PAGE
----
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Jun 1, 200912:00 AM
Happy Hour

All there is to sip and savor in New Orleans

When Worlds Collide

How the movie "Sideways" changed pinot noir

It was never the intent of Hollywood, I don’t think, to influence purchasing decisions for a product from which they could make no money, outside of selling tickets and ultimately DVDs.

Now, you know that Hollywood moves us to buy goods all the time. Film studios form an alliance with fast-food operations, toy manufacturers, apparel suppliers, and anything else in which they can promote the product and receive income. Simple.

Hollywood says we’ll put your product up on the screen, you pay us, and then you’ll sell more of whatever.

But, in one of the most effective motion picture publicity gimmicks of all time, the movie “Sideways” has brought the grape varietal pinot noir to the forefront of purchasing by the general public, and ultimately practically over-extended the wine.

So many wine lovers have now discovered pinot noir that old suppliers cannot keep up, and new plantings are just now coming on stream.

Yet, from a certain perspective, all is not well in pinot noir-land. Meeting demand with a supply that is not correct makes for good marketing sense, but does it make for good wine? 

With the demand almost outstripping supply, we are seeing some pinot noir wines on the shelves that bear little resemblance to what the grape is supposed to be.

Remember that wine is, after all, an agricultural product and, as such, only so much can be made with the raw materials that nature allows. If you need more of such products, you have a couple of choices. First you can buy more land and plant more crop. Or you can use the “Hamburger Helper” approach to extend the available supply; in effect, a human’s ability to create more loaves and fishes for the wanting masses.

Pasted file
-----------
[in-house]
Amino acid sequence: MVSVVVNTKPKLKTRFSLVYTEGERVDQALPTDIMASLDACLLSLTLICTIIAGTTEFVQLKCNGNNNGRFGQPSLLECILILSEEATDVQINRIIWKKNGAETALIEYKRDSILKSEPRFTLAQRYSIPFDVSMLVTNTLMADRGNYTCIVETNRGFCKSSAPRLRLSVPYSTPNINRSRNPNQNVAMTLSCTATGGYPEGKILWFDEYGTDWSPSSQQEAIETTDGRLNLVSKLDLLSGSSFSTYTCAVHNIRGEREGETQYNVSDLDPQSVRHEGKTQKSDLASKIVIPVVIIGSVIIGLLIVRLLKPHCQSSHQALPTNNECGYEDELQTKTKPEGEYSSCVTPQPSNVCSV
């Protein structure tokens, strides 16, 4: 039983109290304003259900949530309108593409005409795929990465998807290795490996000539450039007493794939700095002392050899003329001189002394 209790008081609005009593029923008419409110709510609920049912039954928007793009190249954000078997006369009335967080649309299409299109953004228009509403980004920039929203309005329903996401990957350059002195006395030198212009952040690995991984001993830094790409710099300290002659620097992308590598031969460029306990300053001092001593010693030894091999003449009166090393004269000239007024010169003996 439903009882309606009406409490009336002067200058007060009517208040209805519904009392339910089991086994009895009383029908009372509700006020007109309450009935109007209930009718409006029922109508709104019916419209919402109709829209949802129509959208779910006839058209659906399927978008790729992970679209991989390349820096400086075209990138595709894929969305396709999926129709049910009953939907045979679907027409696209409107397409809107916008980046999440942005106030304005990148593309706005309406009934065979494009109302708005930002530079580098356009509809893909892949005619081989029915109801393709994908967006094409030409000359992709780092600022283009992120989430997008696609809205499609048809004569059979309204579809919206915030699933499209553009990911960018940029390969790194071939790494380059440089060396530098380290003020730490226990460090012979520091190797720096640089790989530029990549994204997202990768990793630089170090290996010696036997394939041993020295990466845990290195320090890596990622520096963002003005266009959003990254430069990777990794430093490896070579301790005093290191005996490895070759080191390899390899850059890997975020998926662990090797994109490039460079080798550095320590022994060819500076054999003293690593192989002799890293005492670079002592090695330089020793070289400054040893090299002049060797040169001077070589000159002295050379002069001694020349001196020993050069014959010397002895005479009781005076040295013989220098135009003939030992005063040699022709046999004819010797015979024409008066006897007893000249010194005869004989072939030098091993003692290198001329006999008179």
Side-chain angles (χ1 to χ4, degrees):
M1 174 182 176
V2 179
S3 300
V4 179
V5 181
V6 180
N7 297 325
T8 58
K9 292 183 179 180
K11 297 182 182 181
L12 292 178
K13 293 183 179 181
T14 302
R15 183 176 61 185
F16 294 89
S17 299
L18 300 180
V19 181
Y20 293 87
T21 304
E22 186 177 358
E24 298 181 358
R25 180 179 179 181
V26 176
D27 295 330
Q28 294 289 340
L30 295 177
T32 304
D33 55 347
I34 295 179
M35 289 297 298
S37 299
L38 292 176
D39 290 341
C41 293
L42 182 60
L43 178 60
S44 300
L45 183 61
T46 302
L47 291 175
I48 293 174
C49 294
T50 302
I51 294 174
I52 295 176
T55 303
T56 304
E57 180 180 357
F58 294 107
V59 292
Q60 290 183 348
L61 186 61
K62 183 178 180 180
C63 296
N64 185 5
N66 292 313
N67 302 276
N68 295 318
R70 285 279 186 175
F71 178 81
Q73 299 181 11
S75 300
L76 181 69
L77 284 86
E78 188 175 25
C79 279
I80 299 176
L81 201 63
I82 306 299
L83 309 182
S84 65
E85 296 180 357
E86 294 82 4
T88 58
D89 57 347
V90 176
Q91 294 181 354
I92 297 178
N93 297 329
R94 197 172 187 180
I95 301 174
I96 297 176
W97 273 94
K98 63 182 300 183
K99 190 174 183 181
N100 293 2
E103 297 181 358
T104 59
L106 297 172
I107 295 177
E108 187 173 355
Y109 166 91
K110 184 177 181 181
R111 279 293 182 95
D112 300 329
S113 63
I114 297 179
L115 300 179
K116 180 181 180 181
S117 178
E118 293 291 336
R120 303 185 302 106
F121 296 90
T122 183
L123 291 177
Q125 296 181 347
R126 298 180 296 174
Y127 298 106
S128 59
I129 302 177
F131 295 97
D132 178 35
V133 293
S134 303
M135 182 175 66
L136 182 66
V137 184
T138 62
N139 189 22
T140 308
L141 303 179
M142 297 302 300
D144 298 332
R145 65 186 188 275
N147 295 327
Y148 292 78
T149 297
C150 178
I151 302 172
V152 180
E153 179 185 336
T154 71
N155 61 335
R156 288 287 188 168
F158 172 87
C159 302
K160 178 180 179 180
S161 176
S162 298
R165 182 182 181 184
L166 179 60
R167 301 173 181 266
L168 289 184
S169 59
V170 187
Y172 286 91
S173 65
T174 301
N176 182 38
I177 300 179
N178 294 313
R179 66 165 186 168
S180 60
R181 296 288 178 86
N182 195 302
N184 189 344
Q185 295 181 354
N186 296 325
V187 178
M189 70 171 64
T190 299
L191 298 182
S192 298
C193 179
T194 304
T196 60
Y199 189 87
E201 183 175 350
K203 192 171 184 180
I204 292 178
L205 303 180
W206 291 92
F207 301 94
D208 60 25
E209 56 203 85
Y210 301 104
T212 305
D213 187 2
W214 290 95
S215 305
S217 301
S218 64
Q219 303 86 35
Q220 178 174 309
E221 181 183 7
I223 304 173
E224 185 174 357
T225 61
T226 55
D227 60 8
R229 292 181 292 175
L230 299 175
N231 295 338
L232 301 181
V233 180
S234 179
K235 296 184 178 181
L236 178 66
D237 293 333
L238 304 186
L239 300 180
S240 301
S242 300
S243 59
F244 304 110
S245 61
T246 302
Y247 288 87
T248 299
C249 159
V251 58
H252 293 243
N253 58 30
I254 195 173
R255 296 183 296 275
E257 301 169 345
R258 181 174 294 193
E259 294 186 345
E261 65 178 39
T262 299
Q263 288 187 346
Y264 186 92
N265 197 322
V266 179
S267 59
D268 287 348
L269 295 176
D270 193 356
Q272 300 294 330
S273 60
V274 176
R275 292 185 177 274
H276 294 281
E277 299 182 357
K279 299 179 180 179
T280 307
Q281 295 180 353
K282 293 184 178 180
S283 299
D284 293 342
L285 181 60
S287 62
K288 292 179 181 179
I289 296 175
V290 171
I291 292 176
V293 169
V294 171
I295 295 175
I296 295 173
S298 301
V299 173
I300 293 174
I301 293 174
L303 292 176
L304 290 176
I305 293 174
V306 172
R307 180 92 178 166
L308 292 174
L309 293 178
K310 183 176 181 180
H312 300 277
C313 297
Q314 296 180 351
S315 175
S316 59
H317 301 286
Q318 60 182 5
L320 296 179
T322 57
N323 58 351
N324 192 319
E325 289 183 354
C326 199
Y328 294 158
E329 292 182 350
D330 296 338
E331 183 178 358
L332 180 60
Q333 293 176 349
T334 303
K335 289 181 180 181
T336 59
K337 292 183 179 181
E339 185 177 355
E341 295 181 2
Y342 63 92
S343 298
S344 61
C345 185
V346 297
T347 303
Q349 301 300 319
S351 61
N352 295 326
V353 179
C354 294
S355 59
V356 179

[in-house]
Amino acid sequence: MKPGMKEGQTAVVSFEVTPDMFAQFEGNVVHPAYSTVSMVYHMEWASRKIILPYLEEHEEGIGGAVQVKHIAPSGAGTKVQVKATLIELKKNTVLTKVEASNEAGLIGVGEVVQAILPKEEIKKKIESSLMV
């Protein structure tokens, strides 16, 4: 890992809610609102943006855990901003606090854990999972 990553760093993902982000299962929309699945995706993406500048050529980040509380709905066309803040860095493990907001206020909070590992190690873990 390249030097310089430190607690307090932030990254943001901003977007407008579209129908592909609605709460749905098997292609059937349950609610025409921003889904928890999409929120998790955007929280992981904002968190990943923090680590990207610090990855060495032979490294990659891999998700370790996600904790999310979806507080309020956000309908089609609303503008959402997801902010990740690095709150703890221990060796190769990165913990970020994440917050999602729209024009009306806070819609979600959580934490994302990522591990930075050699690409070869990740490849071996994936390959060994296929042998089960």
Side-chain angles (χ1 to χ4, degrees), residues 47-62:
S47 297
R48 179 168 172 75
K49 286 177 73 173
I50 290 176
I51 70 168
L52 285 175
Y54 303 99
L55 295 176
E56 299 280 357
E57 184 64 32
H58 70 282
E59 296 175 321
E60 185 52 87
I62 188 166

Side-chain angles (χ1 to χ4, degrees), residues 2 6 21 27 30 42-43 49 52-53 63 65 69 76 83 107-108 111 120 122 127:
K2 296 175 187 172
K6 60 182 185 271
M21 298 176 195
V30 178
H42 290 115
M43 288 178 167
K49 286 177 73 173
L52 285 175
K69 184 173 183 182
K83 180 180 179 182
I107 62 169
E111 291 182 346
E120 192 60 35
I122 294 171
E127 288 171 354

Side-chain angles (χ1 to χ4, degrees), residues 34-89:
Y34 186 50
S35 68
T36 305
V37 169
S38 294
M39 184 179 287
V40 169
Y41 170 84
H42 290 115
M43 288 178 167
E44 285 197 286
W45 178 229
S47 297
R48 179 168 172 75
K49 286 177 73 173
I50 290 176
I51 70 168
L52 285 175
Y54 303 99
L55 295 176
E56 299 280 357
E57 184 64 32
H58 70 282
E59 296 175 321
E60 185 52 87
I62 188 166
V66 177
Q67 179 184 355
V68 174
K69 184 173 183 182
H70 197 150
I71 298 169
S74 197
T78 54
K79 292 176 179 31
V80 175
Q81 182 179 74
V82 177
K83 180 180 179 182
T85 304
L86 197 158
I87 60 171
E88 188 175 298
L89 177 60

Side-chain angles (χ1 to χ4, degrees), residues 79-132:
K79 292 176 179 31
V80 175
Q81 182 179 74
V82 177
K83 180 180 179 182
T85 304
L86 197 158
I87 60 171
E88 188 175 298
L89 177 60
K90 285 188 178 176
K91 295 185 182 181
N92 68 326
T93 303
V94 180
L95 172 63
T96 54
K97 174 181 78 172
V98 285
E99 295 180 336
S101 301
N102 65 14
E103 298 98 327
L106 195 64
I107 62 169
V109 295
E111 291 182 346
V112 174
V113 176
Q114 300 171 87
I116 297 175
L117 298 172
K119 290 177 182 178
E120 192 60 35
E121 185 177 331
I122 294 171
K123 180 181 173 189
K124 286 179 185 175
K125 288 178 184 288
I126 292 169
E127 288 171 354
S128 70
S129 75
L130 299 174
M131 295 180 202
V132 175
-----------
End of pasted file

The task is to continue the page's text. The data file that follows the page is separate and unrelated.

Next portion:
In the first case of purchasing more land, there is nothing to say that what is harvested from that land will be correct. The land may not receive enough sun, or there may not be enough moisture, or the soils may be too acidic, or something like that. And the resulting crop will not be exactly what folks want. Yet, it will be available and the wine profiles will be close enough to what is expected; heck, let’s just let it go and get more juice.

In the second scenario, creating more wine from the same amount of grapes, simply leave the grapes out in the vineyard a bit longer assuring that the longer hang-time will develop higher levels of sugars, then send the crop into the winery where extended contact between the skins and the must creates a deep, dark wine, with more alcohol, but with no elegance or subtleties. Rather than a lovely velvet caress, you get a punch in the nose. 

In favor of this approach, the flavor profile desired by many American wine consumers, which is the deeper, darker, more tannic a wine is, then it must be better.  When you apply that approach to pinot noir, you move away from what the grape loves to deliver.

What you now have is a pinot noir that goes well with a big steak. Not a quality associated with true pinot noir, but if you like this direction, then go with it. Drink what you like.

The power of Hollywood has not only created a demand for which there was not an immediate supply because planting vines takes time before they will make decent wine, but “Sideways” has also changed the taste profile of a grape that’s been around for centuries.  That’s a lot to accomplish from just one movie that had no commercial tie-ins.

Luckily, there are still plenty of pinot noir producers who are dedicated to creating wine from this grape that are true expressions of the grape. And that is what wine is, an expression of an agricultural product.

Taste pinot noir grapes on the vine and then taste them in the wine from the bottle. Are they together in tastes and smells? Okay, now you have the wine in the correct fashion.